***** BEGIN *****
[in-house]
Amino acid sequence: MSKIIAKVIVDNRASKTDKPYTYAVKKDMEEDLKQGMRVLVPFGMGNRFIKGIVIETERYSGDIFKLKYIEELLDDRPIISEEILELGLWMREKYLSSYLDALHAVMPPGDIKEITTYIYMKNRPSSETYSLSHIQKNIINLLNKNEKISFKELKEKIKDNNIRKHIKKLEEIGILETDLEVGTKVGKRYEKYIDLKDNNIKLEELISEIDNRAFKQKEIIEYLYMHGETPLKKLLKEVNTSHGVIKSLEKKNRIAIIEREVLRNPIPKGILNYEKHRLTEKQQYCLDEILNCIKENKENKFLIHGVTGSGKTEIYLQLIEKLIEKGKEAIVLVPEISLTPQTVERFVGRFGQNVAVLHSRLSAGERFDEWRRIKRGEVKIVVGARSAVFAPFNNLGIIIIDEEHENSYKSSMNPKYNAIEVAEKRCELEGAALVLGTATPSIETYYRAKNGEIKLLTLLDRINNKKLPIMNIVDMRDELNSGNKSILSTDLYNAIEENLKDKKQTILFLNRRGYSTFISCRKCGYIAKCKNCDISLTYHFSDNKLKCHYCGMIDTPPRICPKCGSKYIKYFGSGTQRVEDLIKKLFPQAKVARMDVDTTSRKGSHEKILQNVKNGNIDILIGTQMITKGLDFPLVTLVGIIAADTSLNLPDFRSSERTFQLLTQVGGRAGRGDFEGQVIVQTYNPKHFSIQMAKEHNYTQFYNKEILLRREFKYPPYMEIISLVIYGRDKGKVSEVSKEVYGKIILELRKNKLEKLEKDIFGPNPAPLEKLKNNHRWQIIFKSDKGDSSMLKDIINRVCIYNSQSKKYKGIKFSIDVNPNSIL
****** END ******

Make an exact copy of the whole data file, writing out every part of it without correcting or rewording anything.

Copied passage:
[in-house]
Amino acid sequence: MSKIIAKVIVDNRASKTDKPYTYAVKKDMEEDLKQGMRVLVPFGMGNRFIKGIVIETERYSGDIFKLKYIEELLDDRPIISEEILELGLWMREKYLSSYLDALHAVMPPGDIKEITTYIYMKNRPSSETYSLSHIQKNIINLLNKNEKISFKELKEKIKDNNIRKHIKKLEEIGILETDLEVGTKVGKRYEKYIDLKDNNIKLEELISEIDNRAFKQKEIIEYLYMHGETPLKKLLKEVNTSHGVIKSLEKKNRIAIIEREVLRNPIPKGILNYEKHRLTEKQQYCLDEILNCIKENKENKFLIHGVTGSGKTEIYLQLIEKLIEKGKEAIVLVPEISLTPQTVERFVGRFGQNVAVLHSRLSAGERFDEWRRIKRGEVKIVVGARSAVFAPFNNLGIIIIDEEHENSYKSSMNPKYNAIEVAEKRCELEGAALVLGTATPSIETYYRAKNGEIKLLTLLDRINNKKLPIMNIVDMRDELNSGNKSILSTDLYNAIEENLKDKKQTILFLNRRGYSTFISCRKCGYIAKCKNCDISLTYHFSDNKLKCHYCGMIDTPPRICPKCGSKYIKYFGSGTQRVEDLIKKLFPQAKVARMDVDTTSRKGSHEKILQNVKNGNIDILIGTQMITKGLDFPLVTLVGIIAADTSLNLPDFRSSERTFQLLTQVGGRAGRGDFEGQVIVQTYNPKHFSIQMAKEHNYTQFYNKEILLRREFKYPPYMEIISLVIYGRDKGKVSEVSKEVYGKIILELRKNKLEKLEKDIFGPNPAPLEKLKNNHRWQIIFKSDKGDSSMLKDIINRVCIYNSQSKKYKGIKFSIDVNPNSIL